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It’s Great to be Back UMass. Let’s be Responsible.

This article is written by a student writer from the Her Campus at U Mass Amherst chapter.

Some things are just better done in person: proposals, breakups, and college.

The emergence of COVID-19 in the United States has led to devastating consequences and abrupt change in all aspects of our lives. In academia, the pandemic eroded the boundary between school and home environments and tasked educators with redefining education in a virtual context. For all students, COVID-19 has affected our access to a well-rounded education and equitable learning environments. For our most vulnerable students — low-income students, students of color, students with disabilities, English learners, etc. — this pandemic has been incredibly detrimental to their education by exacerbating inequitable conditions already present in their learning environments. All that to say that this pandemic has sucked and college even more!  

I was late for my very first class of the semester because I, as a junior, had no clue where Mahar Auditorium was. Google Maps spun me in circles, but beneath my frustrations, I was happy to get lost on campus again and rant about the slightest inconveniences to my friends. The last time I was on campus, I was a freshman — bright-eyed, a little lost, but so excited to experience all that college had to offer. That experience was cut prematurely by the pandemic. 18 months later, I am back as a junior and still just as excited, if not more, to delve into the college experience and make up for the lost time. This feeling of loss, nostalgia, and an unsettling sense of unfamiliarity with the campus as an upperclassman are sentiments I believe are not unique to me. We’re all going through this awkward stage of being a college student during a pandemic together, making it feel less scary and lonely.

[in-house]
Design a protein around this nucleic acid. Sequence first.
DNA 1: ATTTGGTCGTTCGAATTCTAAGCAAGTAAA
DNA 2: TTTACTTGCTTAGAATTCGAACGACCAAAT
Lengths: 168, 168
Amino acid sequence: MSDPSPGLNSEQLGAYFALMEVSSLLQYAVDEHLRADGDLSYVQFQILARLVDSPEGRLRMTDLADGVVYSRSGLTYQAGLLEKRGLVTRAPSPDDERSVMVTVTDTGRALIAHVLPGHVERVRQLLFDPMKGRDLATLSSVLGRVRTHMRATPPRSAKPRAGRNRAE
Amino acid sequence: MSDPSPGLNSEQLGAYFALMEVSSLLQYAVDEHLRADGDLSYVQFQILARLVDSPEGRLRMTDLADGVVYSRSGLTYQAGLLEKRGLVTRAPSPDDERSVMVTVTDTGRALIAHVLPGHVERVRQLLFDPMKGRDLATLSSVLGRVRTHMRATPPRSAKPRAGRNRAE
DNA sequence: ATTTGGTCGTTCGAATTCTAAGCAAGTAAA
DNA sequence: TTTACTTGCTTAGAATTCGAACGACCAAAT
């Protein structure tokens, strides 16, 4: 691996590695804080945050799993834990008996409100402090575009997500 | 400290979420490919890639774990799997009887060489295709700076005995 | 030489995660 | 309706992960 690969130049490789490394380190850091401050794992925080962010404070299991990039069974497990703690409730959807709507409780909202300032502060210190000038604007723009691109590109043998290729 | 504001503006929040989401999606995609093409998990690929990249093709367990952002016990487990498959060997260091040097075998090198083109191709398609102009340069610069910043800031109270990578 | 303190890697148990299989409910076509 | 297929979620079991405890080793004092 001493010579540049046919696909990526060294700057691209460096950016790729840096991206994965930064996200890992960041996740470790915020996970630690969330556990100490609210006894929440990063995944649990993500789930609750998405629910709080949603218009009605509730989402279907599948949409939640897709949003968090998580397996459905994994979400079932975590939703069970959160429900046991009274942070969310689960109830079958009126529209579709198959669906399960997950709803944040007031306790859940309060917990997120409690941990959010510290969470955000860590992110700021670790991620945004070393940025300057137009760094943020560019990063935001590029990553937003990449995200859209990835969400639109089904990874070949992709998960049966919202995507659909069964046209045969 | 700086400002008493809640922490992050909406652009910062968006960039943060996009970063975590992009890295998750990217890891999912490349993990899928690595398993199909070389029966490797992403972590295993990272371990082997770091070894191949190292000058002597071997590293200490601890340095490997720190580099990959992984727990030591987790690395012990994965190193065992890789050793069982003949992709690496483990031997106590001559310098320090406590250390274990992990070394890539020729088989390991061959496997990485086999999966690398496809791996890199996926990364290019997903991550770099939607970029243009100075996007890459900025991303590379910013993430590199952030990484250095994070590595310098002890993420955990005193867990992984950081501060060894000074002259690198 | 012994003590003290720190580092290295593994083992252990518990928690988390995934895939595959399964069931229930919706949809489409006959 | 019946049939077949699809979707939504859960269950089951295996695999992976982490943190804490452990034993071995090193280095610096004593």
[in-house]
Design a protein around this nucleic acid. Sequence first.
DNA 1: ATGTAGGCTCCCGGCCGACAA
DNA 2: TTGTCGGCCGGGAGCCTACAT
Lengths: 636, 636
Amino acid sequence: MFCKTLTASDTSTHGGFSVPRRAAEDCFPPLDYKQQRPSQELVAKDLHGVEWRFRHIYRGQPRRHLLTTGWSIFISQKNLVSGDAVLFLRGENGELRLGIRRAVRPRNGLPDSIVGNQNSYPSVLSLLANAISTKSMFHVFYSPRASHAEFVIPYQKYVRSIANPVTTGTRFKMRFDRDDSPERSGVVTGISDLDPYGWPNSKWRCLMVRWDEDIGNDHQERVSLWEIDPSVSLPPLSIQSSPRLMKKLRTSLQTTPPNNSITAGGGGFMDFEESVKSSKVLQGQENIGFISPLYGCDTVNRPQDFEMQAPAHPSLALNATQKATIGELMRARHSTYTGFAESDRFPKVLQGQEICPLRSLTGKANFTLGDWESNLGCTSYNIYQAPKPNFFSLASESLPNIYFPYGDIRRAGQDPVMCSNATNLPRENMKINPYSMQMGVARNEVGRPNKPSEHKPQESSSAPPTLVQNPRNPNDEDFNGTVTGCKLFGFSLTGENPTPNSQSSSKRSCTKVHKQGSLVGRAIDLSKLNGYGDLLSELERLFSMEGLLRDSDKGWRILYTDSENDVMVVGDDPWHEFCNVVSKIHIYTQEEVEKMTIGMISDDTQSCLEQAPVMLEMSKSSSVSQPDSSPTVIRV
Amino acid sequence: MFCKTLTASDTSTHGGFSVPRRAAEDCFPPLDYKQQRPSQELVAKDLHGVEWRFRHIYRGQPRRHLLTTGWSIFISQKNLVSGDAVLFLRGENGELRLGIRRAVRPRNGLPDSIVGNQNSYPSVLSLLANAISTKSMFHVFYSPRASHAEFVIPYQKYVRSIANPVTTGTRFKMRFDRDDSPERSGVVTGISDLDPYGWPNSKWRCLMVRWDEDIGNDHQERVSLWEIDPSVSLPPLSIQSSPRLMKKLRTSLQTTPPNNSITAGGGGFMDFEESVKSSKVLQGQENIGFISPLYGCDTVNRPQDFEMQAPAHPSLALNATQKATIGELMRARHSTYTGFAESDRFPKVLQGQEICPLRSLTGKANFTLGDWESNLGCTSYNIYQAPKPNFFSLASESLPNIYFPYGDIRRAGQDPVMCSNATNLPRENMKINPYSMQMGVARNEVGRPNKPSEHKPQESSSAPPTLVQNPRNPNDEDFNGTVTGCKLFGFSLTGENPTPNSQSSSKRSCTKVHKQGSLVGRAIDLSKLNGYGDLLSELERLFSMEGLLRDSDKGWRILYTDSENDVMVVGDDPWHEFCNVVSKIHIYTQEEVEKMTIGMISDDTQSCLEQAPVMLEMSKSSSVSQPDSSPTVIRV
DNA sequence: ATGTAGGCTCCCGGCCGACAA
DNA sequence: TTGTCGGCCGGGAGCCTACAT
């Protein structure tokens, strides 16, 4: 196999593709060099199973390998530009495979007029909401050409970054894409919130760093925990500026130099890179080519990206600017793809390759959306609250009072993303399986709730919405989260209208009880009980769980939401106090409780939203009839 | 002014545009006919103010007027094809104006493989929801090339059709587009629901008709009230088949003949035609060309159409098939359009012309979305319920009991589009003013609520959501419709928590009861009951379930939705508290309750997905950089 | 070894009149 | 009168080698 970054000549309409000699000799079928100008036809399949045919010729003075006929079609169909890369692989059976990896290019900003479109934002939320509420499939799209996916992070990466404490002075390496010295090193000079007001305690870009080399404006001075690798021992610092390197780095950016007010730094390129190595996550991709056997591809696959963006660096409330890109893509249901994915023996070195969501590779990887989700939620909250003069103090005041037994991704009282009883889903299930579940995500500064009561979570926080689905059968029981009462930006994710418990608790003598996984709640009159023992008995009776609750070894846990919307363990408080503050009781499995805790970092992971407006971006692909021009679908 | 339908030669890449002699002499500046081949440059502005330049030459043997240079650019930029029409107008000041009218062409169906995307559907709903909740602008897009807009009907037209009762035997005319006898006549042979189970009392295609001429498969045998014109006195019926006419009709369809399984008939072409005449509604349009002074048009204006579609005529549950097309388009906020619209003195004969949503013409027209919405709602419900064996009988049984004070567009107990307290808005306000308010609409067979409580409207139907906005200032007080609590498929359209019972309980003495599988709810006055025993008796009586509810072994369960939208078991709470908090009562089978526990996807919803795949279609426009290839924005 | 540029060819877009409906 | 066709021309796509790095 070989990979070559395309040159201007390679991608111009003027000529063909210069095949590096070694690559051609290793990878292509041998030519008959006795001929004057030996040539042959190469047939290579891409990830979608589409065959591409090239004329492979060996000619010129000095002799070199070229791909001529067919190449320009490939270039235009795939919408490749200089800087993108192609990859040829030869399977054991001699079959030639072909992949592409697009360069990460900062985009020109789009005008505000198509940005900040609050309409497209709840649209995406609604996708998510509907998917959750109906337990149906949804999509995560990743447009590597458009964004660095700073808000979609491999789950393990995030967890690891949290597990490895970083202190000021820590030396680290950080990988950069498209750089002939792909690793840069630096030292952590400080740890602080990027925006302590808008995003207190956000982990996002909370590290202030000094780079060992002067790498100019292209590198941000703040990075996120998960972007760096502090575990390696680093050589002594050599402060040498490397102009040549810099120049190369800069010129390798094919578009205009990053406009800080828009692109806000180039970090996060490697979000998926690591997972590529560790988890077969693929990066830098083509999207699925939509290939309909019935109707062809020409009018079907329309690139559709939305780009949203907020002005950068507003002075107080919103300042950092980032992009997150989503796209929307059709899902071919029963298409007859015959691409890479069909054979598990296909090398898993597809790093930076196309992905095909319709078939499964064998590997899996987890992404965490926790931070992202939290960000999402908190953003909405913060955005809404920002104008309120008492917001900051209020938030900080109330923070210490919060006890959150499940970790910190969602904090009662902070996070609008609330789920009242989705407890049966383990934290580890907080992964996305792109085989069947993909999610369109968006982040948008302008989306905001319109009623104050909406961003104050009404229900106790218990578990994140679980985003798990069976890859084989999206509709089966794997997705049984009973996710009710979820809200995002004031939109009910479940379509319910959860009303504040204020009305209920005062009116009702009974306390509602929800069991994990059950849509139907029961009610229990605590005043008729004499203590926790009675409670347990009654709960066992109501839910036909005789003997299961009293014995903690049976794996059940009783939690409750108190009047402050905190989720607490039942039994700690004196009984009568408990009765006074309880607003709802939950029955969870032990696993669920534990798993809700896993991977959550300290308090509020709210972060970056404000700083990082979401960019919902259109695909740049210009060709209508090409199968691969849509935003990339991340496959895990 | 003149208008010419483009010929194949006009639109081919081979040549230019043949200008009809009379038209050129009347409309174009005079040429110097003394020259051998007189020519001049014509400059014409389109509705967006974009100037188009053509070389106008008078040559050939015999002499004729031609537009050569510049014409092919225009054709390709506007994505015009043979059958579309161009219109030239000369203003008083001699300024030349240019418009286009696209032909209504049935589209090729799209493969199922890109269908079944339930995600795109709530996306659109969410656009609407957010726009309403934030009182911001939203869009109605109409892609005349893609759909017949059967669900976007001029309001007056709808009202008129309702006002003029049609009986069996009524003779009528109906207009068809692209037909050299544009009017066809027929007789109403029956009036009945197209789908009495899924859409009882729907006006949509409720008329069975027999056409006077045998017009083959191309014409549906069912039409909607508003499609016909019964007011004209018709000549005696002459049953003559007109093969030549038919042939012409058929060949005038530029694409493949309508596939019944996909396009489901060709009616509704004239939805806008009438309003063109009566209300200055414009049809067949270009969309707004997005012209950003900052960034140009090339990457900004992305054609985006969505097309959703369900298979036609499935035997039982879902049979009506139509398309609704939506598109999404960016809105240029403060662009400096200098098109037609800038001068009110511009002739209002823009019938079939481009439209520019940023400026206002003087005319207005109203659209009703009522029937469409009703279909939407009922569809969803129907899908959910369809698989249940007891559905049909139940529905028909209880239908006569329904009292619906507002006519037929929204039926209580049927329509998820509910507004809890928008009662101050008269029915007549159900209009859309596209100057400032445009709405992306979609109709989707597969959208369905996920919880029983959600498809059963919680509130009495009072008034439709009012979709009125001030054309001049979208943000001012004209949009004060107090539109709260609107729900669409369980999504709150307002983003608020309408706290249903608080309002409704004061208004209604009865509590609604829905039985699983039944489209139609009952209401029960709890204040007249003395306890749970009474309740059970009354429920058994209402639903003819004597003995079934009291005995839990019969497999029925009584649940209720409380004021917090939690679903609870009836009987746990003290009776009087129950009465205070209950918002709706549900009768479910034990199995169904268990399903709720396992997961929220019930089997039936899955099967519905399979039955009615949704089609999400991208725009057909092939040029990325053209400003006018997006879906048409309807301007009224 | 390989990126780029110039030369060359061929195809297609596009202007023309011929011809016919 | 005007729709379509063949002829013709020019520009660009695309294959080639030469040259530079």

When I finally found Mahar, I walked in at the back of the class, soaked in sweat and stricken with anxiety. I let out a  sigh of relief when I heard a girl sitting on the floor next to the door say, “girl, don’t worry, I was late too.”  I sat next to her, trying to catch my breath, and just and like that, I made my first friend of the semester. 

Moments like those — getting lost on campus and making friends in the bathroom, in the line to get food, and the sturdy floor of Mahar 108 — can’t be replicated over Zoom. However, these precious moments that scratch the itch in our hearts to connect with those around us are not permanent, as we learned 18 months ago when we all had to pack our bags and leave. 

While it is great to be back on campus, we must remember to be responsible! We must realize that our actions have direct consequences not only on us but our community at large. According to campus data, UMass reported 371 new cases of COVID-19 within the first two weeks of classes. These spikes in COVID-19 cases correlate to huge parties, especially off-campus, and large gatherings of unmasked students at tailgates and townhouse. The university should also do its part to keep us safe by implementing mandatory testing to better gauge the extent to which COVID-19 has infiltrated our community.

Bringing back “The Zoo” or “ZooMass” is not what we need right now. We need mandatory testing, people continuing to wear their masks, and more transparency by the school administration about their plans for dealing with rising COVID-19 cases on campus and even the town at large. 

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Konah Brownell

U Mass Amherst '23

Konah is a Political Science and Journalism major at the University of Massachusetts Amherst. She cares deeply about issues relating to race, gender, immigration, education, and the environment. Outside of Her Campus, Konah enjoys writing poetry and runs a poetry account on Instagram @sunflower.seed.s_